Hi! Here's a few things to consider:
1) You could write-up an option in the contract which would give you a future right to purchase the home. It would obligate the seller to sell, but only if you decided that you wanted to buy the property. Typically, you would provide some form of consideration ($$) for this right. In this case you would set the price and date (or time period) when you write up the option. Potential upside: if house appreciated and you wanted it and could buy it. Potential downside: the house depreciates or don't want it or cannot buy it, then you'd lose the $$ you provided for the option.
2) You could write up a "first right of refusal" which would give you the first right to buy the property when the seller sells. This basically gives you the right to buy the property before anyone else. The terms are not set when you write this (e.g. date or price), but those would be set when the time came. Based on your question and wanting something fair for both, this may be a path to explore. Potential upside: if the house depreciates, then you'd be albe to get a better price later if you still wanted and could afford the house. Potential downside: If the house appreciated, you would have to pay more, or you may not be able to afford it. Again, there is some sort of consideration (typically $) to have this right. Again, the right would be yours to decide if you wanted to exercise it.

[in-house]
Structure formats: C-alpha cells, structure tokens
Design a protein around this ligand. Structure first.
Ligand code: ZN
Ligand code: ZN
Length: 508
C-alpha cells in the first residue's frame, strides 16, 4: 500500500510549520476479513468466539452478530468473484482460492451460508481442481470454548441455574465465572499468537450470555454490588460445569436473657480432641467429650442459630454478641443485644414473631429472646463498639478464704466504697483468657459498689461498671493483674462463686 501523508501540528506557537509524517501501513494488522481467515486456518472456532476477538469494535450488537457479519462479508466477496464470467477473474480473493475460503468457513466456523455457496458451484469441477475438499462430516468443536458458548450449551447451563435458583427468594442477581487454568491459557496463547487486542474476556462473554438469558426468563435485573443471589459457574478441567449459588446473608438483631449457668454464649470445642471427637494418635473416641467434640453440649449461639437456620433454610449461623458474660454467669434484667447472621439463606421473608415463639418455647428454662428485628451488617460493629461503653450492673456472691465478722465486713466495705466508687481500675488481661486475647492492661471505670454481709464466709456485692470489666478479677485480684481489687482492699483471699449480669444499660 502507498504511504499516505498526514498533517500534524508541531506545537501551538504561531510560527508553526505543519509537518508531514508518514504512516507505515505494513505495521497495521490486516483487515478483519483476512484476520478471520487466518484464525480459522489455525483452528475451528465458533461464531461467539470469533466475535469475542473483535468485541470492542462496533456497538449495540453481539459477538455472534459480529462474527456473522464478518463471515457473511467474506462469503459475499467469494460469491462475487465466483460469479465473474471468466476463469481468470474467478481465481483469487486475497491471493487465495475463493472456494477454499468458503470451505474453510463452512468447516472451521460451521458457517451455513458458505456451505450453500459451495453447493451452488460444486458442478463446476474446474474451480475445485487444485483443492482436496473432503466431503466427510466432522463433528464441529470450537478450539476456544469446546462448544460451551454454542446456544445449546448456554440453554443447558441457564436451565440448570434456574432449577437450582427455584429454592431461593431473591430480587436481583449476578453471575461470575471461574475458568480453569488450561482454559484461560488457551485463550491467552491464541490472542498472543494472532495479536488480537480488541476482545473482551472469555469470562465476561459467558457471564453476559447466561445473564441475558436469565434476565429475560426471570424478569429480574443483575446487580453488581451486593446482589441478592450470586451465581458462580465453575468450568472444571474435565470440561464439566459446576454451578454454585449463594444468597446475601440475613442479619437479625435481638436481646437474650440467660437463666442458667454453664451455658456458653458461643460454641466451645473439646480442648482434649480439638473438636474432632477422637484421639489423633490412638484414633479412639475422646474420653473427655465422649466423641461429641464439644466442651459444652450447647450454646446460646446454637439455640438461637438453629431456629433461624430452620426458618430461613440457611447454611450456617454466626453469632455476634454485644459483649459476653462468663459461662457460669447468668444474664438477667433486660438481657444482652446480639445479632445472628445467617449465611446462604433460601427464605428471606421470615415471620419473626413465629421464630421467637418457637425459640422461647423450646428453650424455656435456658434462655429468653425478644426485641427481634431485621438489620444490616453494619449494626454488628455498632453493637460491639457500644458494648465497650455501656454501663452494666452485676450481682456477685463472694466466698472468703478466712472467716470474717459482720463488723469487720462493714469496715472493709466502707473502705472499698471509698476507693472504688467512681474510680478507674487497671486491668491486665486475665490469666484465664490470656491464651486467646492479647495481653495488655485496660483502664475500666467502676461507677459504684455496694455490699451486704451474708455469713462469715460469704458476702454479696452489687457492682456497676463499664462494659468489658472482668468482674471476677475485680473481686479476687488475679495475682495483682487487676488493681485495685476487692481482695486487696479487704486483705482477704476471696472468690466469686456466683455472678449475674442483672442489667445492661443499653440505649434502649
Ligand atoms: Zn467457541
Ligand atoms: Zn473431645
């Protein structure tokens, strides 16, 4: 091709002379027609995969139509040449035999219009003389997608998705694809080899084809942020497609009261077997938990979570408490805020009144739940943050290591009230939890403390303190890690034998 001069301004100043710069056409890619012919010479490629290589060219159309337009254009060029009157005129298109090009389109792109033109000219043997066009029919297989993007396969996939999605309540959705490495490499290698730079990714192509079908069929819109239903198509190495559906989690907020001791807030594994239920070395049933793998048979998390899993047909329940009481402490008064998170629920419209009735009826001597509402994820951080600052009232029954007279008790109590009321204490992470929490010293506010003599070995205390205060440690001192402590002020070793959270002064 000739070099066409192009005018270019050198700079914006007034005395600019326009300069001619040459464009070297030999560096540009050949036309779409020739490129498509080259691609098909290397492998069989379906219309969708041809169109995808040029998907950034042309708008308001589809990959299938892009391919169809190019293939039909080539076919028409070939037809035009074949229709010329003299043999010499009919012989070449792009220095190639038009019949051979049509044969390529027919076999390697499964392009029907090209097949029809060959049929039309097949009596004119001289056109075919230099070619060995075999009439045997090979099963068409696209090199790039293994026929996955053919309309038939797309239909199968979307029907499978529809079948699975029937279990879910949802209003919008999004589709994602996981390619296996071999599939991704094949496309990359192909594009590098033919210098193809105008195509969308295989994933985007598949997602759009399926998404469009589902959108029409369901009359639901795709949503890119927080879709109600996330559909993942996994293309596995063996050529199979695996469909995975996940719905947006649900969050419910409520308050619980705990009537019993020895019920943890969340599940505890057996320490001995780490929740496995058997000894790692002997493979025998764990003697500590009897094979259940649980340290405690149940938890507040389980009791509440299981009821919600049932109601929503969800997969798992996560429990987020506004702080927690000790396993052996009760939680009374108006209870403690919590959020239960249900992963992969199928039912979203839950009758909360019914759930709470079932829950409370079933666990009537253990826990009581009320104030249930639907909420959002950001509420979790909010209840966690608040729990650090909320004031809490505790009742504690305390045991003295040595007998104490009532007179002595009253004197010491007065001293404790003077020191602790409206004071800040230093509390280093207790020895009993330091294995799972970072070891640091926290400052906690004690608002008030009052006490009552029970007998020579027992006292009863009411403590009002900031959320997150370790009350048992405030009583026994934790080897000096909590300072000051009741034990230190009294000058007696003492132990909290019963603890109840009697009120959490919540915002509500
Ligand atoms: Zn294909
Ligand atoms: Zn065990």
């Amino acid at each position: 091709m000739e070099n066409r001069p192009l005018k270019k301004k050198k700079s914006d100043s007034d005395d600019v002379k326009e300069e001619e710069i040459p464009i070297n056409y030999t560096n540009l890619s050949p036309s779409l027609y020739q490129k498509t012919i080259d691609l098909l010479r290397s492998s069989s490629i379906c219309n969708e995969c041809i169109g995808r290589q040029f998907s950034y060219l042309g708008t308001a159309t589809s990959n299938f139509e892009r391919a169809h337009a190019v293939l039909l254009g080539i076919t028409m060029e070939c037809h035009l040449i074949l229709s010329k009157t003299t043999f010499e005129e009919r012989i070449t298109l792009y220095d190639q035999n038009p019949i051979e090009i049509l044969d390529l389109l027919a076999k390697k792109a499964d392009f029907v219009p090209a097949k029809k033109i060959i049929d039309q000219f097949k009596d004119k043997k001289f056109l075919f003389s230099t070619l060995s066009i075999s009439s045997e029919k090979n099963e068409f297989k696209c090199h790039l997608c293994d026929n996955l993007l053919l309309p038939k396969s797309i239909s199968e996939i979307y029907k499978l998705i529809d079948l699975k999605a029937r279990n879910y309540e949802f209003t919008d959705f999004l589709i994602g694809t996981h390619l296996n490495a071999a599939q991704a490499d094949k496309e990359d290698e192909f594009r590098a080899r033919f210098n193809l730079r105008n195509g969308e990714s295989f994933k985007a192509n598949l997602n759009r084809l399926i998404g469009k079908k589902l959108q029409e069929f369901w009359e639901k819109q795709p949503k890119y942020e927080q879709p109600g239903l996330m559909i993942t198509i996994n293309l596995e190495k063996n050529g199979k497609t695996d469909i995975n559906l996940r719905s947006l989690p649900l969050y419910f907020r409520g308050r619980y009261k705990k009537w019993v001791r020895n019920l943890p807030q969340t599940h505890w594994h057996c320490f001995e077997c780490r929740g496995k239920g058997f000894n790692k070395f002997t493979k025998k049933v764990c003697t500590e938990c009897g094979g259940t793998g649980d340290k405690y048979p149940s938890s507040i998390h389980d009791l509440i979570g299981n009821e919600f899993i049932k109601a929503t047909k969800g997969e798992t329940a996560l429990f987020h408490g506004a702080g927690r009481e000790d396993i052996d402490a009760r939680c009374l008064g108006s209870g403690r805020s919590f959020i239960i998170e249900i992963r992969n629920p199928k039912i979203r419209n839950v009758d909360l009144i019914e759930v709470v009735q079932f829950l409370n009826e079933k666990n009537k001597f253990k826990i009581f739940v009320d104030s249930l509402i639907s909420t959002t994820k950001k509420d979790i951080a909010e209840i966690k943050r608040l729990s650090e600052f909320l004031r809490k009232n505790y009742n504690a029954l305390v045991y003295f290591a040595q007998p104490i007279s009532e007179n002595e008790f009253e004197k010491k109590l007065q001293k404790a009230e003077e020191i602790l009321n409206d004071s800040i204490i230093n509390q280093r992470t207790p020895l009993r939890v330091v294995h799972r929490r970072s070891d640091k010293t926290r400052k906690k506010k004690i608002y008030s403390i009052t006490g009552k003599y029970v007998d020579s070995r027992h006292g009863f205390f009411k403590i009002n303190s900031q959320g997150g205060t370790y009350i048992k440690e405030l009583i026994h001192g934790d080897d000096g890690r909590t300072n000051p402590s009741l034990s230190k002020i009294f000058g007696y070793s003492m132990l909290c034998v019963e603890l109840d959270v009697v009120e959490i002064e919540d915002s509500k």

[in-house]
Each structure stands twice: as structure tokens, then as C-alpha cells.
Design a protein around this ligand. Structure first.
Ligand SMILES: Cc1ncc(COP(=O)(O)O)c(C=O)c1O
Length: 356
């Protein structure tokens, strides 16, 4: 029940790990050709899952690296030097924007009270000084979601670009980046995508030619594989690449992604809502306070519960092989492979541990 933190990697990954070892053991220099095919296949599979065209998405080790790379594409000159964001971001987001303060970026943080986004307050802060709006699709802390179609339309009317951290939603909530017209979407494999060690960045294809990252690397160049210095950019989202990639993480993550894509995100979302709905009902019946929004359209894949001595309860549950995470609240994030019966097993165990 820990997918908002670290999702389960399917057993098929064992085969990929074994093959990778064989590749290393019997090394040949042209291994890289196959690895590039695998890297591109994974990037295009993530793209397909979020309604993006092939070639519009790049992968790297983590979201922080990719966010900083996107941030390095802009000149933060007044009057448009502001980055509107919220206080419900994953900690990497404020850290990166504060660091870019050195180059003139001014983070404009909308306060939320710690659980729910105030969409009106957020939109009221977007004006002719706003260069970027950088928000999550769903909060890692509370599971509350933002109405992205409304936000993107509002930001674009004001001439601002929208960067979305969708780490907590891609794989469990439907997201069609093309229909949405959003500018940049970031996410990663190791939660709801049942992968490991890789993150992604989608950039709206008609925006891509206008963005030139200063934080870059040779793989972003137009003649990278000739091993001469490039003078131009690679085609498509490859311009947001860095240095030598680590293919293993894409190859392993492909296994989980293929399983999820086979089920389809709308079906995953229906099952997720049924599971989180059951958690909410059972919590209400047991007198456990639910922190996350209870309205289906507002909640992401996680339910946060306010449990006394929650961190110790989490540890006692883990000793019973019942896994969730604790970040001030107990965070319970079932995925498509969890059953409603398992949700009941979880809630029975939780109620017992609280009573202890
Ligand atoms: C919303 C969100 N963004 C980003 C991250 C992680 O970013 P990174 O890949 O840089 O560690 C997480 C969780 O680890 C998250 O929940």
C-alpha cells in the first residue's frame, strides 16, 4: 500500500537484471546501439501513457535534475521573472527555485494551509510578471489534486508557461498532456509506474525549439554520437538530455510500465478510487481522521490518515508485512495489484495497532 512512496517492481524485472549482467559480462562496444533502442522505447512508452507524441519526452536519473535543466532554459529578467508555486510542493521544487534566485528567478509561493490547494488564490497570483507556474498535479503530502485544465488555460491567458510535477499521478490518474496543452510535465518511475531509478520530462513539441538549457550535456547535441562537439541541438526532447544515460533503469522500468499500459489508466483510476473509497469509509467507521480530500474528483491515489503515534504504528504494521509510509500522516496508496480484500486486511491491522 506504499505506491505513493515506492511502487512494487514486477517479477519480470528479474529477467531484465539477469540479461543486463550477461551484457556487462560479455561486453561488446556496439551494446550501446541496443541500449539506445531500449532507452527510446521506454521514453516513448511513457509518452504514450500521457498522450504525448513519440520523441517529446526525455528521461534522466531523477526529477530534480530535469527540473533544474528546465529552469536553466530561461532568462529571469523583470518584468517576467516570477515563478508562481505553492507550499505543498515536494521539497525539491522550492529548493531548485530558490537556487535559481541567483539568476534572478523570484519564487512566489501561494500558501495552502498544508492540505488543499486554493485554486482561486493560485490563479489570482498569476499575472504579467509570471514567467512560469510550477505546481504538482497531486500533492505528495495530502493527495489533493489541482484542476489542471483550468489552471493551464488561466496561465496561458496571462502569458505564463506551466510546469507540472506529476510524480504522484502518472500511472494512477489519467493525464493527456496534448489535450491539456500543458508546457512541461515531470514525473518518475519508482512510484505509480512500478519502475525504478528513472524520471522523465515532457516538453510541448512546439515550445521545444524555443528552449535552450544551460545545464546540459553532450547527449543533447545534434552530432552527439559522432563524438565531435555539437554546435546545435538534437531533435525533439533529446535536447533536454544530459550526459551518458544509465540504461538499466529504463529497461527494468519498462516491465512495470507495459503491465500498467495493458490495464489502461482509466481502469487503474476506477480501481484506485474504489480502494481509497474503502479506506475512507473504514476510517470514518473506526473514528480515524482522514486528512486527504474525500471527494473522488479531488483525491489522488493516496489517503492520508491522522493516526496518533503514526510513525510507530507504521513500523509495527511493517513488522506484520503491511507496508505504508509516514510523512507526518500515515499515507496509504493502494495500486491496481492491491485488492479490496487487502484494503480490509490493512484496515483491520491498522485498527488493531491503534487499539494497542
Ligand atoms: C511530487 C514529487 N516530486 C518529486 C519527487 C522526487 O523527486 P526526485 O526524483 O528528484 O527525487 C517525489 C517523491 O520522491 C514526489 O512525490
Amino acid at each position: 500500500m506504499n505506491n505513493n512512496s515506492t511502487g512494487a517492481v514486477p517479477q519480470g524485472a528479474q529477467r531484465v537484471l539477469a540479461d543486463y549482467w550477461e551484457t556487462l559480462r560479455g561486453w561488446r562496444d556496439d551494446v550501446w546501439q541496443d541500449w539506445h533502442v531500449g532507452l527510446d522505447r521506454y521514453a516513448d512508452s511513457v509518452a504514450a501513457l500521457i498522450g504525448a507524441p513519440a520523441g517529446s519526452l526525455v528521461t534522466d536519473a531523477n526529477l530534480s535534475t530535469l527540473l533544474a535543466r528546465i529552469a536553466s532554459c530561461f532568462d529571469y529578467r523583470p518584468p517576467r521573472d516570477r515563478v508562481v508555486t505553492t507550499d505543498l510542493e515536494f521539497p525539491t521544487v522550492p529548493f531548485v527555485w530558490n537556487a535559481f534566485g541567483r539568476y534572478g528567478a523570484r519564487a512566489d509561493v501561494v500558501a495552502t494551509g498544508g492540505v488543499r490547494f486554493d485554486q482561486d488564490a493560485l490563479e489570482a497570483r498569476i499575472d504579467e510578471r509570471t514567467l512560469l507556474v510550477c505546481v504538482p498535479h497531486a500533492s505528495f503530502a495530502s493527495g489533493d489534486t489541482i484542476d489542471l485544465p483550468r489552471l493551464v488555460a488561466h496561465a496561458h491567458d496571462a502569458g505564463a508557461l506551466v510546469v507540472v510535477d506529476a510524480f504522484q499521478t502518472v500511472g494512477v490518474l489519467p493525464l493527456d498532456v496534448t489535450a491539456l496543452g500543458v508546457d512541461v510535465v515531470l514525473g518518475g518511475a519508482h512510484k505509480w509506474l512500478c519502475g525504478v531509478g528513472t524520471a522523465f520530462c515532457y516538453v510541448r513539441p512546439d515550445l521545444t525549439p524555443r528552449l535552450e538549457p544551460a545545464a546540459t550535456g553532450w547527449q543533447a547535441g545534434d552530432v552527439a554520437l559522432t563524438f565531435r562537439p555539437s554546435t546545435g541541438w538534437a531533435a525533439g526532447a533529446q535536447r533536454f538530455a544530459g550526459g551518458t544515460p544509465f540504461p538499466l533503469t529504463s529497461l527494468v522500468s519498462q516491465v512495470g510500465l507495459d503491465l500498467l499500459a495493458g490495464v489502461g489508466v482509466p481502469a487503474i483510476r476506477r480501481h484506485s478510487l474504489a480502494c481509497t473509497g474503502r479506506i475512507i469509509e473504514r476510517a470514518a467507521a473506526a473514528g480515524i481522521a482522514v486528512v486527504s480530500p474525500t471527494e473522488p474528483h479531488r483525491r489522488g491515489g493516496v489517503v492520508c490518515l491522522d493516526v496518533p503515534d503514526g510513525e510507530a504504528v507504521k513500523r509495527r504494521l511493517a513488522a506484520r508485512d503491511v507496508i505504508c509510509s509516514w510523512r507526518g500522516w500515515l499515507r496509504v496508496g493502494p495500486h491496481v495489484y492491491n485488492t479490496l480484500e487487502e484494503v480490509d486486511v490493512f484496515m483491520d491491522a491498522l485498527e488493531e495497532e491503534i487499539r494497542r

3) The third is a "Lease to Purchase" - here you provide some consideration (typically $) as a downpayment and there is a specific date (or period) which you have to purchase the property. Lots of different things to watch out for (e.g. does any of your lease payments count toward the purchase price, is the price fixed in the future or is there some sort of interest rate assumption). Potential upside: if the house appreciates, you've locked in a lower price if you still want the house and can afford to purchase it. Potential downside: If you house depreciates or you don't want it or can't afford it - you lose the consideration.
You should carefully review whatever terms you negotiate for your situation and you may want to consult with a real estate professional and/or real estate attorney to ensure you fully understand what you're getting into and what the potential risks are for you.